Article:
Ruby Tuesday seeks Tri-City franchise owner

As Ruby Tuesday enters its 20th year of franchising, the national restaurant chain has renewed its focus to expand into high-value, target markets—including the Tri-Cities.

Of the more than 700 restaurants around the globe, Ruby Tuesday can be found in 44 states, the majority of which are in the Southeast, Northeast, Mid-Atlantic and Midwest markets.

“We’ve plowed the ground from the Southeast to the Northeast, and we want to leverage franchise options in the Northwest,” said James Vitrano, vice president of franchise development and operations. “The Northwest is a beautiful area. We want to expand our reach, and the Tri-Cities area—from a demographic standpoint—is typical America where families live and appreciate good value and good food.”

Vitrano said the company became interested in the Tri-Cities after looking at census data, including demographics, annual salaries and economic trends. After that initial phase of analytics, Ruby Tuesday then looks at the prospective area’s general restaurant base to decide how much additional effort to put forth to pursue a potential franchise owner.

“There’s a method behind the madness to developing areas in the Northwest that are similar in demographics and economics to our successful franchises,” Vitrano said. “We’re mining for diamonds.”

Founded in 1972 by Sandy Beall, the company now has more than 40,000 corporate and franchise team members. The majority of Ruby Tuesday restaurants are corporate-owned with fewer than 100 operating as franchises.

Vitrano said the company is looking at mid-market areas that haven’t been introduced to Ruby Tuesday and seeking out potential franchisee opportunists in a targeted fashion.

“There’s no cookie-cutter franchisee. We’re looking for somebody who has an interest in entrepreneurial opportunities,” said Vitrano, adding, “We’re looking for someone who has ties to the community they’ll be doing business in because we find owning a restaurant is a community event. When you have an owner or owners who are tied into the community, you have franchises that are successful.”

Another benefit of finding someone tied to the community, he said, is that they’ll know it well enough to recognize the high-traffic areas. But even with hometown knowledge, Vitrano said Ruby Tuesday provides support to ensure entrepreneurs have a strong foundation to start from.

“We’ve opened 700 stores over the last 44 years. We know what’s worked and what hasn’t,” he said.

Ruby Tuesday is a casual dining restaurant that features American classics, like hand-crafted burgers, steaks and sandwiches. Vitrano said 80 percent of the reason people choose to eat out is because of the food quality and this factor also comes into consideration when someone decides to get into the restaurant business.

“The question (to potential franchisees) becomes, ‘Why Ruby Tuesday and not competitors?’ Well, our food quality is hands down better. Our ribs are hands-down phenomenal—and don’t tell my dad they’re better than his,” he said with a laugh. “Food quality is the draw, and our garden bar is a differentiator. No casual dining space has that differentiator. The ability to add a side salad with 30 to 40 items is an enticing value proposition and a distinguished difference.”

Someone interested in owning a franchise may first reach out to Vitrano and his team. Usually several conversations will take place as part of a getting-to-know-you interview.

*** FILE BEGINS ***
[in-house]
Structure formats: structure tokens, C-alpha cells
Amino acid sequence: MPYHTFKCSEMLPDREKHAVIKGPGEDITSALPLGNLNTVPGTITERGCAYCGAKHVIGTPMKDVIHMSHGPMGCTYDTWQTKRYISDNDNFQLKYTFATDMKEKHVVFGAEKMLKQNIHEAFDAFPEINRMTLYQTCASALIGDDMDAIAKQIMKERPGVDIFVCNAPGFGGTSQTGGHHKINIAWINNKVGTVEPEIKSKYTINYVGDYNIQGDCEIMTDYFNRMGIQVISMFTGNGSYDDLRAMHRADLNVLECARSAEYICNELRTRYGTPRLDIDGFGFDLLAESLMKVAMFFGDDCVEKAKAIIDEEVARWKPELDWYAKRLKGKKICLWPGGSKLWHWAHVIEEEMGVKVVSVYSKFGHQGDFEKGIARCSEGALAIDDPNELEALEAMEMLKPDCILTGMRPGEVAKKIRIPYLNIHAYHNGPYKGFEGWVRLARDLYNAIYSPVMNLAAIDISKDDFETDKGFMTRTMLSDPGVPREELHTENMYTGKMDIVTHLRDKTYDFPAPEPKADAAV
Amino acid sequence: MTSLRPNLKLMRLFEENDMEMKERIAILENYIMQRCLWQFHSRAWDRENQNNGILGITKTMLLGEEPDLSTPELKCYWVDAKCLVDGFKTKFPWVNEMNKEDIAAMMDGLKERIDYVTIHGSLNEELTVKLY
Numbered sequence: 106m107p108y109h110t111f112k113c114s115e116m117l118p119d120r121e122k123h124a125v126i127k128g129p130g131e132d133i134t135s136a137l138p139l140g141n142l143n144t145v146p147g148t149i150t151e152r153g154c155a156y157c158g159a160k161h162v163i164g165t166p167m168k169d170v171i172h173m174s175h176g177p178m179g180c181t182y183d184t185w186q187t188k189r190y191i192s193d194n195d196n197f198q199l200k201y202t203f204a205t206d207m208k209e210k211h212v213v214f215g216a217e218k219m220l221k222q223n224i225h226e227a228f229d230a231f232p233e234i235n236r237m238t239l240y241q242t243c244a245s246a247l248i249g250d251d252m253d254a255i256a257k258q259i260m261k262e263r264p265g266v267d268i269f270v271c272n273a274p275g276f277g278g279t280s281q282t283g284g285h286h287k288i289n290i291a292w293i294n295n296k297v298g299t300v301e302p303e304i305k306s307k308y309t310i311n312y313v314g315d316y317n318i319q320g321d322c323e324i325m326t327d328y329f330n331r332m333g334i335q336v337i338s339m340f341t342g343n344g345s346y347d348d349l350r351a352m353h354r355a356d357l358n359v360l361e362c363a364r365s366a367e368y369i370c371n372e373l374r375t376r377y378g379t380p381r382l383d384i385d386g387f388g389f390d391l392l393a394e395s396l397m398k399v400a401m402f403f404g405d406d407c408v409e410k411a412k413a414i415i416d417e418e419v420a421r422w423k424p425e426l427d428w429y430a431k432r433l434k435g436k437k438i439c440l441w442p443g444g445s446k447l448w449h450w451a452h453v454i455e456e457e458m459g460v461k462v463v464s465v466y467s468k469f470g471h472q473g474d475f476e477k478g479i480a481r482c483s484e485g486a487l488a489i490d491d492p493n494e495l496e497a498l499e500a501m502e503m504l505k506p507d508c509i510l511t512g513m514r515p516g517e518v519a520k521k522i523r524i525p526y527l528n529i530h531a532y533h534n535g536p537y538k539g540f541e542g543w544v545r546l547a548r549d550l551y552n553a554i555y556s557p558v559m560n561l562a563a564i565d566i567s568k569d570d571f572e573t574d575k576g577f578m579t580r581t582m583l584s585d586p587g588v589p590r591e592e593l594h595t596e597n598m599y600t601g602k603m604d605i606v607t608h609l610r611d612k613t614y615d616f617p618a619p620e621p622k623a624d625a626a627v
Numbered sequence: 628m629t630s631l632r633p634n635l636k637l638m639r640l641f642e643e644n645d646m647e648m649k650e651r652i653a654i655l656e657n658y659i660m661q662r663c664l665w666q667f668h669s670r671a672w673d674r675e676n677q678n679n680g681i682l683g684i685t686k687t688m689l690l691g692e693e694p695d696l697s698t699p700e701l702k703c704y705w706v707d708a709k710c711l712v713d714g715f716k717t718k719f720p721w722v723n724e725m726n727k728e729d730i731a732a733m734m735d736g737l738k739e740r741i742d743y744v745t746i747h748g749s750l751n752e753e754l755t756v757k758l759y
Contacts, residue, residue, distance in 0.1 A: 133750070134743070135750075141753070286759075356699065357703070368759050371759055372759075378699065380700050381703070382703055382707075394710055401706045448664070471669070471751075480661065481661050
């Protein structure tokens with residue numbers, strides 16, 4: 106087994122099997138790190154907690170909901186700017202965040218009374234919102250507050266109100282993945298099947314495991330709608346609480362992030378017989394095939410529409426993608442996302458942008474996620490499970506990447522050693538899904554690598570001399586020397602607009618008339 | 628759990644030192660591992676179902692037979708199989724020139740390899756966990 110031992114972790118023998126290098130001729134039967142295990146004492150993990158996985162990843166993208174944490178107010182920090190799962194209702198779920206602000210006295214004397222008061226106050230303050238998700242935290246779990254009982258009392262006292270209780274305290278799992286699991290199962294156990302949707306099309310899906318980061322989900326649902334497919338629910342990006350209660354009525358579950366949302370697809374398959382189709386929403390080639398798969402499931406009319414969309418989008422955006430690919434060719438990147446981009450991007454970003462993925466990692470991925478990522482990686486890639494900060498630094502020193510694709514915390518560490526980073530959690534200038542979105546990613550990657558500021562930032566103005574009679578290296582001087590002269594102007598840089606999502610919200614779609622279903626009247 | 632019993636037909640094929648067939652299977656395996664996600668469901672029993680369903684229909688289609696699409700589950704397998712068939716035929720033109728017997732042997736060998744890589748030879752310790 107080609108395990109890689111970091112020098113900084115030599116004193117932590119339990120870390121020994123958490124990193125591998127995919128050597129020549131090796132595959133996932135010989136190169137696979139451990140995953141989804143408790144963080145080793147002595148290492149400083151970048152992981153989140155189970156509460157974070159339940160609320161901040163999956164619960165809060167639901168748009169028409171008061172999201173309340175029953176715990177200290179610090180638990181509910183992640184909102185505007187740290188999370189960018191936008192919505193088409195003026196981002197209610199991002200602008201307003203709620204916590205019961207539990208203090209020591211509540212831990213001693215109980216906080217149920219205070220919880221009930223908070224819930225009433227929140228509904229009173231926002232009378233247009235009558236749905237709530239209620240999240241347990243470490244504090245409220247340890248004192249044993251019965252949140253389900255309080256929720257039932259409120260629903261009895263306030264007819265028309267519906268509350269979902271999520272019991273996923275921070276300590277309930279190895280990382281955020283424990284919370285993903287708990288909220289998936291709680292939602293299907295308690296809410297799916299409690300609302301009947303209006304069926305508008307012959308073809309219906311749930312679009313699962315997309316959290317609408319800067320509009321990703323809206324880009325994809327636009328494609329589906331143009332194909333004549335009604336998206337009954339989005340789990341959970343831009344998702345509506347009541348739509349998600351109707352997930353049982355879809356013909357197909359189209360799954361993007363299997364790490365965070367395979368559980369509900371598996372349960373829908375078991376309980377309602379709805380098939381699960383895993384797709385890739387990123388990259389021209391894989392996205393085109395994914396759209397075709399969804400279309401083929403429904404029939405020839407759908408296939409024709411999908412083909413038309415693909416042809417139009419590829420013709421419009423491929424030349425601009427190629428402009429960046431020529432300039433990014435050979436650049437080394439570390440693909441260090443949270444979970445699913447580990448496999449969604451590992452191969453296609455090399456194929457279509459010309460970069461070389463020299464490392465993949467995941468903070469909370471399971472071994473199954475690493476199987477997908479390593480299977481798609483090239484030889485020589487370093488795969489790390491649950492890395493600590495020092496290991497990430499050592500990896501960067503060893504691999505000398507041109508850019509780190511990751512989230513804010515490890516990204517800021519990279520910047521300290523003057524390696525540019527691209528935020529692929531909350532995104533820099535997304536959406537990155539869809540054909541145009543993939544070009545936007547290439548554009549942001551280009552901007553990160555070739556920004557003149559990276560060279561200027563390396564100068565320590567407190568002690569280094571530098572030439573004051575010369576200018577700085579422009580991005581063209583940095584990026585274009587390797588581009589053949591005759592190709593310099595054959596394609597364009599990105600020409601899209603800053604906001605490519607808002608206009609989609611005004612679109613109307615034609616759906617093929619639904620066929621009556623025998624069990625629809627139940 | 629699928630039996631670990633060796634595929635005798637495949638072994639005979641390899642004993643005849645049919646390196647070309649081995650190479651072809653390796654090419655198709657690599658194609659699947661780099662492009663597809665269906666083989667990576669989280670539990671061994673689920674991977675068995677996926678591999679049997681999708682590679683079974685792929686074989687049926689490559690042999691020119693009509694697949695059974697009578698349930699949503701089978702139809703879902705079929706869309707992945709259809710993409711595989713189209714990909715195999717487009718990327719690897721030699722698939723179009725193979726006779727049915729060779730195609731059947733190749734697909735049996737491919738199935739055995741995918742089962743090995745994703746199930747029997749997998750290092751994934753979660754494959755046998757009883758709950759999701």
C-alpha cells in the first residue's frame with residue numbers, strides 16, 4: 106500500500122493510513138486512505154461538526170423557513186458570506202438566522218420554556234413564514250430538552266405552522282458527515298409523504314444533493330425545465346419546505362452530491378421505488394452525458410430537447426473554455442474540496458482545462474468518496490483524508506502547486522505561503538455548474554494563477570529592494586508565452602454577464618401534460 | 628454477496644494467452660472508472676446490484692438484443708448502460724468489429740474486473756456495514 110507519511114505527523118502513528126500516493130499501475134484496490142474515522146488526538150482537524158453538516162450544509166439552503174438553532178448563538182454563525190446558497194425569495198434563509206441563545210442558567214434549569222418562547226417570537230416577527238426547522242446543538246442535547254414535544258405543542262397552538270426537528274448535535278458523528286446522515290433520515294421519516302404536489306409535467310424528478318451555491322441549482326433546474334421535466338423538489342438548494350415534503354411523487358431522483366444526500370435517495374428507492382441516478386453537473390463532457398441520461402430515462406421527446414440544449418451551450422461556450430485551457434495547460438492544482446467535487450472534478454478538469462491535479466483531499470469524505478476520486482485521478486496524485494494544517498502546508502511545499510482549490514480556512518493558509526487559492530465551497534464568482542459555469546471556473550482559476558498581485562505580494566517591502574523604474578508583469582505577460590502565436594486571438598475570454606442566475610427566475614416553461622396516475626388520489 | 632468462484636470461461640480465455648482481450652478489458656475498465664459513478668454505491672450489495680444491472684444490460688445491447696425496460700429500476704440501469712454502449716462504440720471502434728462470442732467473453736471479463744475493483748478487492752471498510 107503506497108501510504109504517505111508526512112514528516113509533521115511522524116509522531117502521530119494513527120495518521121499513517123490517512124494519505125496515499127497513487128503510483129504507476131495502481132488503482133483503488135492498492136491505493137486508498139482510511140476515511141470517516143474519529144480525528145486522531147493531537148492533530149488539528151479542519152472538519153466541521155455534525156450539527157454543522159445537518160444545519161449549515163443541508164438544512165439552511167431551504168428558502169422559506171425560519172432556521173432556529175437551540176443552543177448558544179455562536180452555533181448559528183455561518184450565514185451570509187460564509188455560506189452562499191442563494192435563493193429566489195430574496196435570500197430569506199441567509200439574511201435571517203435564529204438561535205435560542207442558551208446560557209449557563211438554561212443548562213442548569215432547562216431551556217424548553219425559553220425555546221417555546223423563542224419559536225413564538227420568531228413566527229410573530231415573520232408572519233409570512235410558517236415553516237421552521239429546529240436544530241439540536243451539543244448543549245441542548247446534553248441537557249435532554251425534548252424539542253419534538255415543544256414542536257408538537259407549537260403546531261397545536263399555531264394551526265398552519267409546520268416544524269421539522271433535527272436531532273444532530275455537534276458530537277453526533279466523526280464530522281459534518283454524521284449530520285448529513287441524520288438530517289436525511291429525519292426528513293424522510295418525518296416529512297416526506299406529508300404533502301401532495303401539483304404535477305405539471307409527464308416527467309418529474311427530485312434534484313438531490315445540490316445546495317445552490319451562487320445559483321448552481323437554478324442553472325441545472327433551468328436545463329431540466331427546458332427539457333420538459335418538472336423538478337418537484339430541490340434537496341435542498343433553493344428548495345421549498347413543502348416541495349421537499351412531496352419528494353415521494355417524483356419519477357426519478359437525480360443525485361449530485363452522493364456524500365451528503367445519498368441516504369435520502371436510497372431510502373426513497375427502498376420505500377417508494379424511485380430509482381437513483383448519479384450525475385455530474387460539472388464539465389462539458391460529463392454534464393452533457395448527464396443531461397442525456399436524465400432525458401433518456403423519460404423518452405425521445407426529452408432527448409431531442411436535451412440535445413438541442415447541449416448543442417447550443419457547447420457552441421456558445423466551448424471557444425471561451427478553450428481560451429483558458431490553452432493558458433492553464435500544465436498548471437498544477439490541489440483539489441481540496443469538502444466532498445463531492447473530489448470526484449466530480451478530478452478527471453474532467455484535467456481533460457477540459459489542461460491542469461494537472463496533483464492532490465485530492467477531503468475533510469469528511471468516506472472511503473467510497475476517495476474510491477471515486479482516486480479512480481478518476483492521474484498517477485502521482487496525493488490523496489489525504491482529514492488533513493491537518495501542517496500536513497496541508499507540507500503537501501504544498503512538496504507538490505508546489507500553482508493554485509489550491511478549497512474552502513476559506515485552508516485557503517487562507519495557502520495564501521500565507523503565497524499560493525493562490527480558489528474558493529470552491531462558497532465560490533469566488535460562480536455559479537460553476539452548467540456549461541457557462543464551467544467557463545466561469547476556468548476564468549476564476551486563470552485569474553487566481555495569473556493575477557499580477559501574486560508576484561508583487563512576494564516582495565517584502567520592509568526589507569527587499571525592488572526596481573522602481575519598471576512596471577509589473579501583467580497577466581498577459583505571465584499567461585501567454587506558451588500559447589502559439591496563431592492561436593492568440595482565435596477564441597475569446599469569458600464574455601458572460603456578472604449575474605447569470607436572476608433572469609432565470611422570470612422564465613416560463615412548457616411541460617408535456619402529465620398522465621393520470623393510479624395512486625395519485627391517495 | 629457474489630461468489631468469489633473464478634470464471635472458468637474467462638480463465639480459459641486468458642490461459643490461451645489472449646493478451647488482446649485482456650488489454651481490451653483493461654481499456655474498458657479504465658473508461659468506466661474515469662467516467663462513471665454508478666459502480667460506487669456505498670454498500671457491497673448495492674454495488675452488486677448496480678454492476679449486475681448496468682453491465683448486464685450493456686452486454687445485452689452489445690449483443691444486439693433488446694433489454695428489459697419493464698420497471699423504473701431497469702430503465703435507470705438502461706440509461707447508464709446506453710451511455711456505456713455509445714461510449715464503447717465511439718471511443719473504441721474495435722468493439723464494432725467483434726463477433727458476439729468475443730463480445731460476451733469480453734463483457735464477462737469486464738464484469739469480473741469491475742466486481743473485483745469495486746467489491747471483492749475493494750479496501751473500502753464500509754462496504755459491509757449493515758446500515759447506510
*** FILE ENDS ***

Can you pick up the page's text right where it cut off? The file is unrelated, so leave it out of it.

“It’s like dating,” said Vitrano. “You have to find that perfect match.”


How much it costs

Once a match is made, the franchisee and Ruby Tuesday would enter into a development agreement. Vitrano said a potential franchisee needs to be able to build a restaurant, which would cost between $1.5 million and $2.5 million.

Ruby Tuesday does not have a minimum liquid asset requirement. Franchise terms vary but typically initial terms are 10 to 15 years with an initial franchise fee of $35,000 per restaurant, dependent upon the number to be opened, and a $10,000 per restaurant development fee, also dependent upon number.

There also is a royalty fee of 4 percent of the restaurant’s monthly gross sales and a corresponding marketing fee up to 3 percent of monthly gross sales.

While the construction process starts on the restaurant, Vitrano said the business owner and their management team would travel to the RT Lodge in Maryville, Tennessee. The private mansion was purchased by Ruby Tuesday in 1997 and developed as a corporate retreat.

“We’re going to show you how to make the drinks and cook the food—teach you how to run a Ruby Tuesday. We’re not teaching you how to run a restaurant, because the team you’re hiring should have restaurant experience,” he said. “But we’re going to Ruby Tuesday-ise you.”

After training at the RT Lodge, the operations team would come out to the new franchise location for about two weeks to ensure a smooth kick off.

“We make sure you remember everything you learned,” he said. “We stay with you through the opening. There’s a significant amount of training and support—especially in new franchisees.”

Vitrano said he talks with franchisee owners monthly, and the development and operations team tries to visit locations every quarter.

“I speak to our (franchise owners) in Hawaii, Romania, Hong Kong, Kuwait—it’s important to us to stay connected,” he said. “We’re in business together. Their success is important to me and our company.”

Those interested learning more can email the company at

Vitrano said if a person contacted them this year and both parties agreed to move forward, as long as financing and a building site were secured, it could take less than a year for a restaurant to open in the Tri-Cities.

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